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Standing at Cultural Cross-roads

Parsa Venkateshwar Rao Jr

By Mahidhara Ramamohana Rao. Translated from Telugu by Vegunta Mohan Prasad
Oxford University Press, New Delhi, 2012, pp. 358, Rs. 495.00

By Sugata Srinivasaraju
Navakarnataka, Bangalore, Karnataka, India, 2012, pp. 328, Rs. 250.00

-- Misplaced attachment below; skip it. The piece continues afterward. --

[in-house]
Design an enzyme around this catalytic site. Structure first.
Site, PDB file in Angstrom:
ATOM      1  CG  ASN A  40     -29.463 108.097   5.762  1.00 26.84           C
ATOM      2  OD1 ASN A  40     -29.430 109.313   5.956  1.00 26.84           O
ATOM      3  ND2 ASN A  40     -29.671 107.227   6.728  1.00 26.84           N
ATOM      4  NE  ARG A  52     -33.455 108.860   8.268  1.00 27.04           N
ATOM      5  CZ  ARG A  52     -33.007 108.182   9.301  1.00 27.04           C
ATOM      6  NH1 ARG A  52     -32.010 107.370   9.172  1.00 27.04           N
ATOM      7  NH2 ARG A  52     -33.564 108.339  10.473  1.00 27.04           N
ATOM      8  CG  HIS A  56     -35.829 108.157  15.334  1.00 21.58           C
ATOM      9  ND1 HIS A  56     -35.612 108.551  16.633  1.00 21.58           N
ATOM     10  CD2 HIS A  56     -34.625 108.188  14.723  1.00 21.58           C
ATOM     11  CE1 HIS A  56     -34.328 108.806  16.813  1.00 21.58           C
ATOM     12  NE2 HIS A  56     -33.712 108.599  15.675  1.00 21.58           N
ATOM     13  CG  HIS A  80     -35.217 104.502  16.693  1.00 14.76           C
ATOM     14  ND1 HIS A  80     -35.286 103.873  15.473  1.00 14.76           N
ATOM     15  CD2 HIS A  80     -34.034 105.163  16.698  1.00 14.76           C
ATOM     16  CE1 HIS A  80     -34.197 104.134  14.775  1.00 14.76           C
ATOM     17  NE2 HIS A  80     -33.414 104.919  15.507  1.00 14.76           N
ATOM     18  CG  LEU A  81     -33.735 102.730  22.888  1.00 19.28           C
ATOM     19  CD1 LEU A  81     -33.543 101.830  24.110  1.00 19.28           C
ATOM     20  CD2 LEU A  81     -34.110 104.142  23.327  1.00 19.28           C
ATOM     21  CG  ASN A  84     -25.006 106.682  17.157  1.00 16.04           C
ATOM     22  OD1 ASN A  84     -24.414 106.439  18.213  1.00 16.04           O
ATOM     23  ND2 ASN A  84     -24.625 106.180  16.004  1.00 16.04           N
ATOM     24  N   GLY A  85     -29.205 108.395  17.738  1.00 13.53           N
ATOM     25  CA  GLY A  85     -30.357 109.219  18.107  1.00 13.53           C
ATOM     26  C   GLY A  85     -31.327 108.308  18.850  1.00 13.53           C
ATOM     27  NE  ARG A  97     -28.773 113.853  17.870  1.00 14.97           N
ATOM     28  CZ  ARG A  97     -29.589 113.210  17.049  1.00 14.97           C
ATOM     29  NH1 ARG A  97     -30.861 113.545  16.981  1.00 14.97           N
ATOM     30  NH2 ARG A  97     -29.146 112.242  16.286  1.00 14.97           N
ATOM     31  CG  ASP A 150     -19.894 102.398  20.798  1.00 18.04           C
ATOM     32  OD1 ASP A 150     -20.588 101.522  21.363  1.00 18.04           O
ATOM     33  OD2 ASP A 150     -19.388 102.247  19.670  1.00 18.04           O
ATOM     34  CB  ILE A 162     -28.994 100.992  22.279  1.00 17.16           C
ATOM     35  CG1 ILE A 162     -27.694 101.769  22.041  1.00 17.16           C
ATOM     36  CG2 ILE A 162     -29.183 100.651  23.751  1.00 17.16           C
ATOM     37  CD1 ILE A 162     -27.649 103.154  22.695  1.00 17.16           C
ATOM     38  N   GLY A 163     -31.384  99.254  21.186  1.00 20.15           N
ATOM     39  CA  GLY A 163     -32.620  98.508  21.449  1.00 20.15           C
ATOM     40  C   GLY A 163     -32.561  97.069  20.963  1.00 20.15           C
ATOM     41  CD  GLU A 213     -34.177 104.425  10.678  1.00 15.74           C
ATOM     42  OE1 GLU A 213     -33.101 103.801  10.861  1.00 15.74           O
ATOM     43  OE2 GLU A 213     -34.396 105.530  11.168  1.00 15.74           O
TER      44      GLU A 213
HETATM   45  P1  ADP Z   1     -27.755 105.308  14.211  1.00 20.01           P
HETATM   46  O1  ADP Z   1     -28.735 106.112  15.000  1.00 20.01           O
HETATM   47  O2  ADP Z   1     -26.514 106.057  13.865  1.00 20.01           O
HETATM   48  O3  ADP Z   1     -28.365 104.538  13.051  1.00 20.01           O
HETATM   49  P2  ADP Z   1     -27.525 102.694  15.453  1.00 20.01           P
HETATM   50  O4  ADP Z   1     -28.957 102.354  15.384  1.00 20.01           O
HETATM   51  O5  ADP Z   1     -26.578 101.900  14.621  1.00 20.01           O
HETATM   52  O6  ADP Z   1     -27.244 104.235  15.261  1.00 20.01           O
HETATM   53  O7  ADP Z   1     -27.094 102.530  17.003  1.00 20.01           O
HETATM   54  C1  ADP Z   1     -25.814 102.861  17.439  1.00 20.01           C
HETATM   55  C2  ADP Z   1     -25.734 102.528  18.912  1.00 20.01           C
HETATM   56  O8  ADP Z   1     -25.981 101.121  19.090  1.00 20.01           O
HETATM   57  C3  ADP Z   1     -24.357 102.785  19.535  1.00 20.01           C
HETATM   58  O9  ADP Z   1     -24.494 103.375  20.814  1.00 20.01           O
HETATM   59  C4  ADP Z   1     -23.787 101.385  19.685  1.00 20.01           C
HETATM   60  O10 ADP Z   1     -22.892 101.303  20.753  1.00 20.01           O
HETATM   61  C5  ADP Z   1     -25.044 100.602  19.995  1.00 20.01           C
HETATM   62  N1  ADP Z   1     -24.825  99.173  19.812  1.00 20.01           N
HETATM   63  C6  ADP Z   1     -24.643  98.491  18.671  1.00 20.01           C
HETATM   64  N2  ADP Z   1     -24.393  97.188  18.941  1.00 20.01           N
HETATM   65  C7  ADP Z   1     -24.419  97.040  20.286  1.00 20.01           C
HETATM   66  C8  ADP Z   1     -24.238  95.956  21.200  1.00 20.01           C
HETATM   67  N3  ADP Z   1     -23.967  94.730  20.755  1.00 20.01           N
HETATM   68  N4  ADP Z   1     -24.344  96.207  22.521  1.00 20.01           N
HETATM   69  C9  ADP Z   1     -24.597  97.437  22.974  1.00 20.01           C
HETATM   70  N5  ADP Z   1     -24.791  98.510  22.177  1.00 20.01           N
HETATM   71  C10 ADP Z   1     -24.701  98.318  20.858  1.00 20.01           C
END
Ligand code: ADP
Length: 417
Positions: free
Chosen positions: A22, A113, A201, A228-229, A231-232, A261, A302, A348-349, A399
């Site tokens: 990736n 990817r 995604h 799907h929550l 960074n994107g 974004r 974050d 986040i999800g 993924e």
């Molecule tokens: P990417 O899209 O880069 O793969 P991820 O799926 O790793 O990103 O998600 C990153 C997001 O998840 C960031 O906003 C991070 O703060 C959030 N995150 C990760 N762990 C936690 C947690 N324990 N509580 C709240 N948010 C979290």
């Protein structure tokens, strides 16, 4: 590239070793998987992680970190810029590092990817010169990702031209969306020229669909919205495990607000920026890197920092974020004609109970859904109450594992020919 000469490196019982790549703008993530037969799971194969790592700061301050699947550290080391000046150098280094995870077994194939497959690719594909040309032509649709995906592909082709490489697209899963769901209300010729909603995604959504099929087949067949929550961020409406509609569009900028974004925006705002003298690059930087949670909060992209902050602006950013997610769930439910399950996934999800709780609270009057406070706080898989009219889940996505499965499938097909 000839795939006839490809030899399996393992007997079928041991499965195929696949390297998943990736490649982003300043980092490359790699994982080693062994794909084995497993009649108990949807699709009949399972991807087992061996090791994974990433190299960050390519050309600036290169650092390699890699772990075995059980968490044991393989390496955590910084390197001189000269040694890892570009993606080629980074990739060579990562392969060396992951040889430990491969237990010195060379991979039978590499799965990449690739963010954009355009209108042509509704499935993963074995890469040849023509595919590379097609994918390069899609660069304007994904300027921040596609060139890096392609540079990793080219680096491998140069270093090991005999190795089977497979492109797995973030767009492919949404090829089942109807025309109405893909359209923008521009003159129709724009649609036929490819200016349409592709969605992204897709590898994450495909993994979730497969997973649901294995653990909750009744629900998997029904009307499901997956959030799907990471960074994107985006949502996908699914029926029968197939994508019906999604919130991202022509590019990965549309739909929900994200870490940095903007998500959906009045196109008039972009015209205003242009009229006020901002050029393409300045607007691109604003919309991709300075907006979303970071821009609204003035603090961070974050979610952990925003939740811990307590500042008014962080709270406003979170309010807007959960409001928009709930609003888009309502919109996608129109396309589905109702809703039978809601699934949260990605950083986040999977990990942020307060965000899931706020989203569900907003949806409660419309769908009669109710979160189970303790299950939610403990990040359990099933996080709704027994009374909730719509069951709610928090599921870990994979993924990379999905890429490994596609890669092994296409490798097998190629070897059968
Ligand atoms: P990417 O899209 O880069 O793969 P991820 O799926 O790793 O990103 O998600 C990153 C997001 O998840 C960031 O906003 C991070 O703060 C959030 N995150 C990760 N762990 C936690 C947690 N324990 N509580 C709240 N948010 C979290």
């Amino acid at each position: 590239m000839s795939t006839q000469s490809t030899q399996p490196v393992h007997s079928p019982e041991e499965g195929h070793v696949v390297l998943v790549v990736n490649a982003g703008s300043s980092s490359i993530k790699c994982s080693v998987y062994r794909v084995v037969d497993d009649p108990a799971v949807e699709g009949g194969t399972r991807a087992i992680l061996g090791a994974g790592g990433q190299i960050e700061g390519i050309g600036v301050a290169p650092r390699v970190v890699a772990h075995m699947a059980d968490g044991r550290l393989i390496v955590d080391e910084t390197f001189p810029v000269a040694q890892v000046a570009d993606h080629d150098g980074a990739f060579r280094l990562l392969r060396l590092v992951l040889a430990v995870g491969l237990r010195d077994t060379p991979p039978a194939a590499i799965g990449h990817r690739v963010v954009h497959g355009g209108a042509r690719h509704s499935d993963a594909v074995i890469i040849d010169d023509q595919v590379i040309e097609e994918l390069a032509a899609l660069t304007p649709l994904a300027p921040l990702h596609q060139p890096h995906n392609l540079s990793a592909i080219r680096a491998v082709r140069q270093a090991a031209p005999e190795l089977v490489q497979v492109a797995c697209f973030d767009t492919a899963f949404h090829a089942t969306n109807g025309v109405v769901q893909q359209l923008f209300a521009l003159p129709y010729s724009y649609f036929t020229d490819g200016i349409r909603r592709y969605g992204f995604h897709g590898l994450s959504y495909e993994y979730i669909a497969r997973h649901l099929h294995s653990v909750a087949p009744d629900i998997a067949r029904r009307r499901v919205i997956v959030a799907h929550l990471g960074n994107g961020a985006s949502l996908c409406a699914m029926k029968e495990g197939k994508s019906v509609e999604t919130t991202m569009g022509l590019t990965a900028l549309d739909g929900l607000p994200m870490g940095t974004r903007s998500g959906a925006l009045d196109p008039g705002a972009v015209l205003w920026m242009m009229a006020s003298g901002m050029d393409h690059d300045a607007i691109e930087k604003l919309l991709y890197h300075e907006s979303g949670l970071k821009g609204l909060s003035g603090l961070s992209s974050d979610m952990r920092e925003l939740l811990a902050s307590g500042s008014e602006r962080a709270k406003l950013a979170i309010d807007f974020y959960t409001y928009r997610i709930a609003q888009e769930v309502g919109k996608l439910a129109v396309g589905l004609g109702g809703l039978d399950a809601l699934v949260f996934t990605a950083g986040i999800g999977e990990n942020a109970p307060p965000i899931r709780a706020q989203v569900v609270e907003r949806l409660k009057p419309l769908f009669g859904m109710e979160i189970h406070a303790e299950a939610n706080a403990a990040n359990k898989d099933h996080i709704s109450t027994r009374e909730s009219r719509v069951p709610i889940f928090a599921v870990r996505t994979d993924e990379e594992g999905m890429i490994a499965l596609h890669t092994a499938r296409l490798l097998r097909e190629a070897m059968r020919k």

Mini Krishnan of OUP has been at this project of getting modern novels from Indian languages into English with a certain dedication and passion. She is also emotionally committed to the nationalist, modernist and progressive project that India has been in the 20th century during and after the freedom struggle. It would be necessary to keep in mind this perspective as we read this Telugu novel, Swarajyam (original Telugu title is Kollayigattitheynemi written in 1965, a phrase from a poem by Basavaraju Appa Rao and affectionately refers to the short-dhoti clad Mahatma Gandhi, in the form of a rhetorical question and followed by maa Gandhi kamotaitheynemi which means what if our Gandhi wears a short-dhoti and he is a vaishya or baniya). So, it is difficult to quarrel with Krishnan’s project and her choices. But it will be necessary to remember that the modernist moment and the modernist movement have become antiquated a long time ago, and that the winds of change after modernism have not hit the Telugu literary and cultural shores with enough force if not ferocity. Feminism is again a part of the modernism project and its ideological cantankerousness is necessarily blinkered. Telugu literature is yet to pick up the threads of postmodernism, which is a passionate critique of modernism and its naïve—in retrospect—rationality, and also the post-postmodernism, which is the bewildering present where all ideological anchors have been shaken to the roots. So, Krishnan’s project and her choice of novels to be translated almost assume a classical mould, of a distant past which can be called ancient. The novel also is a portrayal of the unfolding of modern India breaking away from the shackles of an ossified traditionalist India of the preceding century or two. The question whether the Indian society of the 19th century was centuries old or millennia old, or whether it was a recent phenomenon of the preceding half-century remains an unexplored issue. But during the 19th and 20th centuries what seemed traditional India presented a claustrophobic and pathological state of mind and state of affairs. So those who rebelled against the established order faced no easy task.   Mahidhara Ramamohana Rao adds a new vein to this modernization story. A Communist himself, he goes back to a pre-ideological, pre-Communist moment to tell his story and he refrains from giving it a Communist twist. He says, ‘Sometime between 1936 and 1940, I ...

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